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2 murder cases advance

The Baltimore Sun

Two capital murder cases that were moved to Harford County are moving forward as legislators in Annapolis weigh a statewide repeal of the death penalty.

Tomorrow, jury selection begins in the case of Travis Davon Terry, a 24-year-old Baltimore man accused of fatally shooting a longtime friend in a Dundalk apartment building two years ago.

A motions hearing is scheduled next month for Kevin G. Johns Jr., a convicted murderer who is accused of strangling a fellow inmate aboard a bus carrying prisoners to Baltimore's Supermax prison in 2005.

Though both crimes were committed in Baltimore County, the cases will be heard in Bel Air under a provision that gives defendants an automatic right of removal to another jurisdiction.

"They don't have to give a reason, such as pretrial publicity," said Harford County State's Attorney Joseph I. Cassilly.

The provision has been applied in the opposite direction - the capital murder trial of Jamaal Abeokuto, who was convicted of slashing the throat of his girlfriend's 8-year-old daughter and dumping her body in woods near Joppatowne in 2002, was heard in Baltimore County.

Terry's trial at the Harford County Circuit Courthouse could last as long as three weeks. Prosecutors and defense attorneys from Baltimore County will try the case, and it will be overseen by Baltimore County Circuit Judge Kathleen G. Cox.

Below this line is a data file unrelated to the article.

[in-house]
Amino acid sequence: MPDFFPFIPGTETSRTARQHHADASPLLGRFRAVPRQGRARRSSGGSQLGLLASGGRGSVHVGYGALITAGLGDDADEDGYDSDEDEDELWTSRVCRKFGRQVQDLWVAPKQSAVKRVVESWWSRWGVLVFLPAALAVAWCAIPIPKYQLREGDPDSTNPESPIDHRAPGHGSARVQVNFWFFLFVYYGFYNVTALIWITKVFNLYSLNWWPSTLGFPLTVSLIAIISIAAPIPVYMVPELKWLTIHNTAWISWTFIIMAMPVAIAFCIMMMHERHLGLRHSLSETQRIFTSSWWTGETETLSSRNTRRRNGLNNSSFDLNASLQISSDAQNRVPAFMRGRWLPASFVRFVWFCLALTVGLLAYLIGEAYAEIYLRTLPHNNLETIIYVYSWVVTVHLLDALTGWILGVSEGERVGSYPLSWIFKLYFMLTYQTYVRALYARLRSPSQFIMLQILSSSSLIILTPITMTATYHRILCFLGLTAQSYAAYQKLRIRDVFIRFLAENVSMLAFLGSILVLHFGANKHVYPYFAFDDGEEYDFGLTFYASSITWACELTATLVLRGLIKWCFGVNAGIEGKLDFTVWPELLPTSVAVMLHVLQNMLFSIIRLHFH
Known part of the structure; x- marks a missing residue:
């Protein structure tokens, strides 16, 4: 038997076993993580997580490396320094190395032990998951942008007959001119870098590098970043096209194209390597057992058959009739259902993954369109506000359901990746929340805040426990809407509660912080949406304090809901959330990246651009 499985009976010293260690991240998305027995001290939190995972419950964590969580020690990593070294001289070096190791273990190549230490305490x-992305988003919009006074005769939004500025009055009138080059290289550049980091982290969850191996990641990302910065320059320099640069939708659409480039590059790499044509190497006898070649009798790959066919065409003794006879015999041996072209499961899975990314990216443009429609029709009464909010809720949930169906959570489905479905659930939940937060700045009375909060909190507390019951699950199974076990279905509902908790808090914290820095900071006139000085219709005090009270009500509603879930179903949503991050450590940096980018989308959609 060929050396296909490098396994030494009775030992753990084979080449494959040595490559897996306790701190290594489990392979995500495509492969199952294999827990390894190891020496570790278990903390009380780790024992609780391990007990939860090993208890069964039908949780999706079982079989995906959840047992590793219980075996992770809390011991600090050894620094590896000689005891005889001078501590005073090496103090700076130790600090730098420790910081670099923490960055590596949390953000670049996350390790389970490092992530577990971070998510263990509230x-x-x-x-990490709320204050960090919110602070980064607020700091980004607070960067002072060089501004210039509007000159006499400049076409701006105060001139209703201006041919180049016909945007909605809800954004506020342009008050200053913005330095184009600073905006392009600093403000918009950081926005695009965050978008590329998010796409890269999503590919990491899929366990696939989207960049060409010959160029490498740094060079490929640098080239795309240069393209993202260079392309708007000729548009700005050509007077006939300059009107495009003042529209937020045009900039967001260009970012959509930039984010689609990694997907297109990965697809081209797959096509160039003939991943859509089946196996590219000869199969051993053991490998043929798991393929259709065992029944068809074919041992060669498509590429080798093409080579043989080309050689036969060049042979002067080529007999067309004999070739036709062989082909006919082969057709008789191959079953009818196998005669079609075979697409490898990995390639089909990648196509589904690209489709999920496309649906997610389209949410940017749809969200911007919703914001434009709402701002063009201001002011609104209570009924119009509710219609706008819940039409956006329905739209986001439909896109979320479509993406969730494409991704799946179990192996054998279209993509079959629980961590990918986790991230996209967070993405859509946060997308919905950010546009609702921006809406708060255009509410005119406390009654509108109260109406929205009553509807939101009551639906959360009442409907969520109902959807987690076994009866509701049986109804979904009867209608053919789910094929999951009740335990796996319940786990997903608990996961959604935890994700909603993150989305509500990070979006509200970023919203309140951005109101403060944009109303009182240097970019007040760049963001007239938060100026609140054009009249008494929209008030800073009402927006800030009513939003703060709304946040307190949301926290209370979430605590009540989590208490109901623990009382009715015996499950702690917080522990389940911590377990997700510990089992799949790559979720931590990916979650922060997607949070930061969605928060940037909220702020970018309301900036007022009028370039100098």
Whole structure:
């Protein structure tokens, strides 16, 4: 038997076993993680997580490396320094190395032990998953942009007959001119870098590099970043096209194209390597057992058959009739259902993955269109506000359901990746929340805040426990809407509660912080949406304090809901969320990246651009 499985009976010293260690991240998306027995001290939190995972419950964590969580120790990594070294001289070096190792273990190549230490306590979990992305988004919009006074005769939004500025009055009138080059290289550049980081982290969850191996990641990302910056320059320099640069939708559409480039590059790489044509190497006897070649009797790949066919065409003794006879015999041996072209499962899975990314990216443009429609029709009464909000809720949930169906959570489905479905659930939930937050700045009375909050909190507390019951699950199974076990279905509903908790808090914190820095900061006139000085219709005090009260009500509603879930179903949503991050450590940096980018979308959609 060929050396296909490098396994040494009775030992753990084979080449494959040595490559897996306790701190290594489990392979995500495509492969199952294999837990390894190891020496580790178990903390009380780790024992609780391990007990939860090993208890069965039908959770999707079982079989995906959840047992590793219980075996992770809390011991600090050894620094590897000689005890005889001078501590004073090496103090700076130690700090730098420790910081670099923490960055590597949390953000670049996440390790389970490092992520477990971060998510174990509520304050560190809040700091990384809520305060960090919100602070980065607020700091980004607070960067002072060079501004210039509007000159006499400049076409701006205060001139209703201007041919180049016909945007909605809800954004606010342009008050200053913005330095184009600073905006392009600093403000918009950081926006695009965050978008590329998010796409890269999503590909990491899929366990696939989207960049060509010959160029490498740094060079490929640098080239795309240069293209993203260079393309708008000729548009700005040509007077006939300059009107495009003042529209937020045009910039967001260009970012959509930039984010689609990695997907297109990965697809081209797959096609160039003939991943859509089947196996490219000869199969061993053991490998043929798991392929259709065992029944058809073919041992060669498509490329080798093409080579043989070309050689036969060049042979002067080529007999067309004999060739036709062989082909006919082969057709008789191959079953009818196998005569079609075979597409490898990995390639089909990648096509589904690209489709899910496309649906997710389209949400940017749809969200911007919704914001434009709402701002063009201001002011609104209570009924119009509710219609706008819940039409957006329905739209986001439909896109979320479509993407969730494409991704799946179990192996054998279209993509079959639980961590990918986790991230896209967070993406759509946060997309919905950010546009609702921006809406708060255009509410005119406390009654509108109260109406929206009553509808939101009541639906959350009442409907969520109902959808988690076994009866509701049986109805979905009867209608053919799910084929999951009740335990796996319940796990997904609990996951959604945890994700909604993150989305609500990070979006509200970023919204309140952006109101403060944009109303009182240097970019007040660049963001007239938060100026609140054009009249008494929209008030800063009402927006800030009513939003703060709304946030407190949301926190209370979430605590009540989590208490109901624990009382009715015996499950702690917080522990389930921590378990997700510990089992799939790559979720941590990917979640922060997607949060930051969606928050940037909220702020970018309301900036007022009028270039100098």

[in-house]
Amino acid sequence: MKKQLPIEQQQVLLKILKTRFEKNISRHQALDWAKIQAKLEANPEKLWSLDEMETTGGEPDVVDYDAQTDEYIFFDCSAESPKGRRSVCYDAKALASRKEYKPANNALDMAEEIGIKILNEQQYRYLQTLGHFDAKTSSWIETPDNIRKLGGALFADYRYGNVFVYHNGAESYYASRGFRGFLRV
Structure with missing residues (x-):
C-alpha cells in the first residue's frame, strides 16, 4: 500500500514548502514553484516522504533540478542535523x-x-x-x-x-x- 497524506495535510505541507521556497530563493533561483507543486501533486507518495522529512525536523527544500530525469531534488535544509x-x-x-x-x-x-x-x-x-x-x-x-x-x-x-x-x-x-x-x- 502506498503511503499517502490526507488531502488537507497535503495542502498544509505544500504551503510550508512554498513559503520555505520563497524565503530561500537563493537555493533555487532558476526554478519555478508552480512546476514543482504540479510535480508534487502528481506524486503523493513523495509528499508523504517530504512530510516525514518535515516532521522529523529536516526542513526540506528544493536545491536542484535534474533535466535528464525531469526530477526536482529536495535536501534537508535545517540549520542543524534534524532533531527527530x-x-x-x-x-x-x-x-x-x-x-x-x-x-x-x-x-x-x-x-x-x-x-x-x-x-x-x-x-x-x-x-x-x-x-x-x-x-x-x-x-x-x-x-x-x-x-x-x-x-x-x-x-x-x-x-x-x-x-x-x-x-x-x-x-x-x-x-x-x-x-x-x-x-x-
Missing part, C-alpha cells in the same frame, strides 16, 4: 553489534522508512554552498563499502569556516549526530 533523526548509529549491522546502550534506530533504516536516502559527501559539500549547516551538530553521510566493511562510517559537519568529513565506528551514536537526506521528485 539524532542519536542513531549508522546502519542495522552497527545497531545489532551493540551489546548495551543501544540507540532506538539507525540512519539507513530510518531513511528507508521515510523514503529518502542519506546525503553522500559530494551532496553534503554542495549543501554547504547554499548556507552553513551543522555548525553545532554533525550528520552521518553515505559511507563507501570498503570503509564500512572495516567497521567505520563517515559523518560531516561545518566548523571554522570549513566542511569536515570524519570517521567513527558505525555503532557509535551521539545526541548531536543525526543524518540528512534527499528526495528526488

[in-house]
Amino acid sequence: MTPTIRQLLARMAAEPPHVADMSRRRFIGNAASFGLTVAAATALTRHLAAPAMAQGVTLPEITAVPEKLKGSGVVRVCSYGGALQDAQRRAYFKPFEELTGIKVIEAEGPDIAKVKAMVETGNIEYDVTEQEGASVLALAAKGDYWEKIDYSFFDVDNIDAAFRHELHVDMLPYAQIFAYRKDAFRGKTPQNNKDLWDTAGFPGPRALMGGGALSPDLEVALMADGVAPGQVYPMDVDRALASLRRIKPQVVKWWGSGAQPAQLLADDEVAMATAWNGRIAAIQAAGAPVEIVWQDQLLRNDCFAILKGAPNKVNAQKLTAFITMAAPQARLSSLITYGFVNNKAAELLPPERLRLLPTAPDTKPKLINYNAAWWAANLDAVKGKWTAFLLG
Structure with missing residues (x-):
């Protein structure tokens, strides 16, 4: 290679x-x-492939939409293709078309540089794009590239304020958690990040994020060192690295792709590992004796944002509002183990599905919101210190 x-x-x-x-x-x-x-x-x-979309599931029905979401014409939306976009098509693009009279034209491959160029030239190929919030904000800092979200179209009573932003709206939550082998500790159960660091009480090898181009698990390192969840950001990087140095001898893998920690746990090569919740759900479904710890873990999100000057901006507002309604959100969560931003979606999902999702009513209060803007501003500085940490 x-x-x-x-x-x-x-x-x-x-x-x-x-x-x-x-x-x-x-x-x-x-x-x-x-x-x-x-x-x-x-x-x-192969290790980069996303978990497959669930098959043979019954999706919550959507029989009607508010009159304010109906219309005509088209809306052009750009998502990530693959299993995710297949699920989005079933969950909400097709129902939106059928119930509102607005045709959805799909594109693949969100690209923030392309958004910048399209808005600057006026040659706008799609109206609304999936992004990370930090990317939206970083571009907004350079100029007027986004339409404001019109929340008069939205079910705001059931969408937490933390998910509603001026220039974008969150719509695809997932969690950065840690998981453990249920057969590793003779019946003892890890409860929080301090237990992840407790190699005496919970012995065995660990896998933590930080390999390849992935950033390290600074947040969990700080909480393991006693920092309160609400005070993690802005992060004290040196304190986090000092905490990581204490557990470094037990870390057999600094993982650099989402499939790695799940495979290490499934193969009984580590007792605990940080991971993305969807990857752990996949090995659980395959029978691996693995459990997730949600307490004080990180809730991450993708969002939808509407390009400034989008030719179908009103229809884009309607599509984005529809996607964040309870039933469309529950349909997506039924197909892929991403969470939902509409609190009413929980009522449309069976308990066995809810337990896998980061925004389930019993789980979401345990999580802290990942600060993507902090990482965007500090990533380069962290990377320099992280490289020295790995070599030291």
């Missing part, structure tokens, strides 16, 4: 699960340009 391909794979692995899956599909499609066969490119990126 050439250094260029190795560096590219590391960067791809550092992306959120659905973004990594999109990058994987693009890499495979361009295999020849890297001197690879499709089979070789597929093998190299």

The death penalty has received renewed attention since a December ruling imposed a de facto moratorium on executions in Maryland. Legislators have proposed a repeal, which Gov. Martin O'Malley said he will sign if it reaches his desk.

The moratorium was prompted by a court decision in an appeal by death-row inmate Vernon L. Evans, in which the judges found that procedures for administering lethal injections should be reviewed by a committee of state senators and delegates.

It will stand until legislators pass a law that either exempts the procedures from review or addresses the court's regulatory concerns. Lawmakers could do nothing, leaving the moratorium in place.

Former Gov. Parris N. Glendening imposed a moratorium in 2002, citing racial disparity in executions and other issues, but that ban was lifted by his successor, Robert L. Ehrlich Jr.

Six men are on Maryland's death row - four are black, two are white. All their victims were white.

Abeokuto is the only man who has been on Maryland's death row who committed a murder in Harford, according to Maryland Citizens Against State Executions. Wesley Eugene Baker killed a woman in Baltimore County and was convicted by a Harford County jury in 1992.

In December 2005, he became was the fifth man to be executed in Maryland since the state reinstated the death penalty in 1978.

Abeokuto was convicted in 2004 but was granted a new sentencing hearing after the Maryland Court of Appeals voted to rescind the death sentence. Motions will be heard in Baltimore County Circuit Court this week.